“Everything is done to utilize the energy as much as possible,” Jónsson says.
The warm water created by the third cycle of the power plant is pumped up to the mountain above Nesjavellir via a pipeline. Then, the pipeline brings the warmed water 27 kilometers (16.8 miles) down to the residents of Reykjavík. The pipeline is so well-insulated that the water only loses 1.8° Celsius (3.2 degrees Fahrenheit) on its journey. Jónsson says that just viewing the pipeline filled with heated water during the country’s colder months is a testament to how well the pipe is insulated. “In winter, when it snows, the snow doesn’t melt on top of the pipeline,” he says.
Meanwhile, the electricity produced by Nesjavellir travels to an electricity network via a 31-kilometer (19.3-mile) transmission line before going to businesses and homes. The transmission line is buried underground for 13 of the 31 kilometers to minimize any negative effects to the environment.
Jónsson admits that the power plant creates a by-product that is potentially detrimental to the environment. Nesjavellir releases steam containing small quantities of carbon dioxide, a greenhouse gas, and hydrogen sulfide, which can transform into sulfur dioxide, a chemical compound that can cause acid rain.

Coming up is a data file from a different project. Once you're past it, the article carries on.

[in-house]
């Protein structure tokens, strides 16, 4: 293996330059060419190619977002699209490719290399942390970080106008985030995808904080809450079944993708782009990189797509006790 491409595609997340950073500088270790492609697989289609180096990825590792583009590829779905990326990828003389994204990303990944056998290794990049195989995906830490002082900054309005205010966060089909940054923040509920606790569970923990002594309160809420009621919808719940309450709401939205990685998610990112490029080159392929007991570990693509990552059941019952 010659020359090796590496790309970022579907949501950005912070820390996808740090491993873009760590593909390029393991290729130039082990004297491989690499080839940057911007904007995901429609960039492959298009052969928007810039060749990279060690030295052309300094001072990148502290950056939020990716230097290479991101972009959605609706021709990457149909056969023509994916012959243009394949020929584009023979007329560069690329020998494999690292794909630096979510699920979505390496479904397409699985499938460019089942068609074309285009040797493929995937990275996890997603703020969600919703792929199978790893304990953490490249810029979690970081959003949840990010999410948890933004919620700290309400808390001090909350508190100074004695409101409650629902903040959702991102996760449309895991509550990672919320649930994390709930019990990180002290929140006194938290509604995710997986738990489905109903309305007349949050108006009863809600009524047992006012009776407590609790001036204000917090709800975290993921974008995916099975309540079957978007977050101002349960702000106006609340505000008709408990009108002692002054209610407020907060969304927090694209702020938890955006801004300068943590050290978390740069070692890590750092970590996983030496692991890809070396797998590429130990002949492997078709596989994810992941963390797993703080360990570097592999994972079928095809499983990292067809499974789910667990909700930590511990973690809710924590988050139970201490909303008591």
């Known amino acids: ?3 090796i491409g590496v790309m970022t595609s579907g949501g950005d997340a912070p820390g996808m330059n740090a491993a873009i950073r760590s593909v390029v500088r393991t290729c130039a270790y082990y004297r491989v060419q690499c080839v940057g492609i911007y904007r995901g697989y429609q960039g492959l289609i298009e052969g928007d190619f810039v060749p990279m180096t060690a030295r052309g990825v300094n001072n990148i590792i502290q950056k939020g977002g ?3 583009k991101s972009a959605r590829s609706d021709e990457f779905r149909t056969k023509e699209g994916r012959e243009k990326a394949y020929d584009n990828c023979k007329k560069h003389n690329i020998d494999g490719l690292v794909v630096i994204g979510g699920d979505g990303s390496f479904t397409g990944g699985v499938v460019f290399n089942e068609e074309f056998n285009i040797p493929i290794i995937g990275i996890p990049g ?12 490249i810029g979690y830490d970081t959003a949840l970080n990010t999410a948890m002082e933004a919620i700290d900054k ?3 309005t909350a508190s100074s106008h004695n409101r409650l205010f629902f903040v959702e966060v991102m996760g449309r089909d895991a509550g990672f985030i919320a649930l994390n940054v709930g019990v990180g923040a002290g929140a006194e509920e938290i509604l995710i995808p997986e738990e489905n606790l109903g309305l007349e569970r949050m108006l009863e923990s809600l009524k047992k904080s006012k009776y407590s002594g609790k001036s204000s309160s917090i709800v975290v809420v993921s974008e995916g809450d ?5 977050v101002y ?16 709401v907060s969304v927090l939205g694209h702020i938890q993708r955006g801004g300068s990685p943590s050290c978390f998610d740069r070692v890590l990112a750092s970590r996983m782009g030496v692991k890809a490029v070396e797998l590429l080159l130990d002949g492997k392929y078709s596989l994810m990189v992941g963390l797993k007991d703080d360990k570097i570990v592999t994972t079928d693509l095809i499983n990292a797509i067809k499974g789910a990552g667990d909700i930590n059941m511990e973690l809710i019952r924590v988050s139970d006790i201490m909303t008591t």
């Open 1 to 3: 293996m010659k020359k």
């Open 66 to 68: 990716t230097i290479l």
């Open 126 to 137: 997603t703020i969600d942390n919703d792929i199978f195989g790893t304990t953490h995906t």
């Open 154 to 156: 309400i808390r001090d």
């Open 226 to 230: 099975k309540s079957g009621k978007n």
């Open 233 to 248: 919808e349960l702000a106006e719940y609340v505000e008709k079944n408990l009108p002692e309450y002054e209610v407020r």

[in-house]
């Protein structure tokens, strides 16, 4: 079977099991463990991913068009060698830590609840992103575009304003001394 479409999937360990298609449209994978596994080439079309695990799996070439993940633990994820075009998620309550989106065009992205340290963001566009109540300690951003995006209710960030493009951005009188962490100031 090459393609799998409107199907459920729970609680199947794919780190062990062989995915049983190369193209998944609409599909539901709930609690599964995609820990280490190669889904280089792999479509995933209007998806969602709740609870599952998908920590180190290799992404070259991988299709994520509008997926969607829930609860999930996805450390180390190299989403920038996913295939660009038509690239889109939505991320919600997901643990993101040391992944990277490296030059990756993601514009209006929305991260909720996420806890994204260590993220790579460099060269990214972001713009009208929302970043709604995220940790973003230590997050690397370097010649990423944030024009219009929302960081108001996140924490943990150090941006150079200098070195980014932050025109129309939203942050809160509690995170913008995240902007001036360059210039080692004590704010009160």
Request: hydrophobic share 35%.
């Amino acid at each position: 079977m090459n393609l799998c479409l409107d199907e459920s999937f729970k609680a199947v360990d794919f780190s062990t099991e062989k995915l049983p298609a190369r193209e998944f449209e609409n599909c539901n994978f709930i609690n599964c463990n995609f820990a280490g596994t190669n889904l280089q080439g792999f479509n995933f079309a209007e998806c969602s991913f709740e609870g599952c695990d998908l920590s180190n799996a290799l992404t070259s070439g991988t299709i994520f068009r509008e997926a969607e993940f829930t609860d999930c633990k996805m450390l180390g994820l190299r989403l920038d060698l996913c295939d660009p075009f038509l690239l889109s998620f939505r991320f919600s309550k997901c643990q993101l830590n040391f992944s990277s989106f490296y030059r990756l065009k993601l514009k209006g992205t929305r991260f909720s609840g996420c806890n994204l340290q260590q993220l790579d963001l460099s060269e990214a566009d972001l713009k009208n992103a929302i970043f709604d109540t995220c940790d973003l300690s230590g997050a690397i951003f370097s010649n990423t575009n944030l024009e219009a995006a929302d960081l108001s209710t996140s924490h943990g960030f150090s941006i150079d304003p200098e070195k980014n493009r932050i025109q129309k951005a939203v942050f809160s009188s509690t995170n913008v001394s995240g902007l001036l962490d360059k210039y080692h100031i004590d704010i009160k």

“This is a problem,” Jónsson says. “This is pollution, though it’s nothing compared to coal plants.”
Renewable Energy Sources
The public relations guide says that the critical factor at Nesjavellir is the water supply underneath us. As long as that water doesn’t run out, the power plant should be able to run for many more years. One way that Nesjavellir ensures that the water supply doesn’t dry up is by removing the wastewater from the power plant’s processes and putting it back into the system.
“This is considered to be a renewable energy source,” Jónsson says of the water.
Utilizing the by-products in every way possible, Reykjavík Energy also uses wastewater to help melt snow on Reykjavík’s sidewalks. After hot water has heated homes and businesses, it is transferred into small pipes laid under the city’s sidewalks. The heated water in the pipes melts ice and snow on the surface above during the country’s cold winter months.
In addition, Nesjavellir and the other geothermal power plants in Iceland have generated an unexpected by-product from their energy creation: tourism. Jónsson says that Nesjavellir and the neighboring Hellishei∂i Geothermal Power Plant, which is still under construction, welcome between 6,000 and 8,000 tourists a month.
The runoff water from another geothermal power plant, Svartsengi, has become the most popular tourist destination in Iceland: the Blue Lagoon. The milky blue pool of mineral-rich hot water has become a spa. The Blue Lagoon attracted more than 408,000 tourists (more people than the entire population of Iceland) in 2008.